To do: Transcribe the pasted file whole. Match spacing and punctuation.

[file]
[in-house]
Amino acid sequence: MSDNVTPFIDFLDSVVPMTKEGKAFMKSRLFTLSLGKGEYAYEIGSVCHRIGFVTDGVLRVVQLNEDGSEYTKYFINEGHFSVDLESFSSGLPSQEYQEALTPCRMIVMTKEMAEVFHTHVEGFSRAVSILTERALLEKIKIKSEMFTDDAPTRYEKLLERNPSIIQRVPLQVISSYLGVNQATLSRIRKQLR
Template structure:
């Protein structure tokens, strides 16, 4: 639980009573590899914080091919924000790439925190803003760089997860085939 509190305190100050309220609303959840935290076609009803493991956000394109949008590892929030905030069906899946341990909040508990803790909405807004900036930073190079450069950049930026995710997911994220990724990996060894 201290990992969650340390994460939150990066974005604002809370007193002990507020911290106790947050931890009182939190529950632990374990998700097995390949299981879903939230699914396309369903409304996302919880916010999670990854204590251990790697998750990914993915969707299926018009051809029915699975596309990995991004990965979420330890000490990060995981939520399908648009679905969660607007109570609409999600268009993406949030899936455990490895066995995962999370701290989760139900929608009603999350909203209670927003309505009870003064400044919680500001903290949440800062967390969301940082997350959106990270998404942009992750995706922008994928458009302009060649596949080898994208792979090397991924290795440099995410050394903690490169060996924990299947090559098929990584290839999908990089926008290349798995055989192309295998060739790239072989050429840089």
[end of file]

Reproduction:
[in-house]
Amino acid sequence: MSDNVTPFIDFLDSVVPMTKEGKAFMKSRLFTLSLGKGEYAYEIGSVCHRIGFVTDGVLRVVQLNEDGSEYTKYFINEGHFSVDLESFSSGLPSQEYQEALTPCRMIVMTKEMAEVFHTHVEGFSRAVSILTERALLEKIKIKSEMFTDDAPTRYEKLLERNPSIIQRVPLQVISSYLGVNQATLSRIRKQLR
Template structure:
């Protein structure tokens, strides 16, 4: 639980009573590899914080091919924000790439925190803003760089997860085939 509190305190100050309220609303959840935290076609009803493991956000394109949008590892929030905030069906899946341990909040508990803790909405807004900036930073190079450069950049930026995710997911994220990724990996060894 201290990992969650340390994460939150990066974005604002809370007193002990507020911290106790947050931890009182939190529950632990374990998700097995390949299981879903939230699914396309369903409304996302919880916010999670990854204590251990790697998750990914993915969707299926018009051809029915699975596309990995991004990965979420330890000490990060995981939520399908648009679905969660607007109570609409999600268009993406949030899936455990490895066995995962999370701290989760139900929608009603999350909203209670927003309505009870003064400044919680500001903290949440800062967390969301940082997350959106990270998404942009992750995706922008994928458009302009060649596949080898994208792979090397991924290795440099995410050394903690490169060996924990299947090559098929990584290839999908990089926008290349798995055989192309295998060739790239072989050429840089």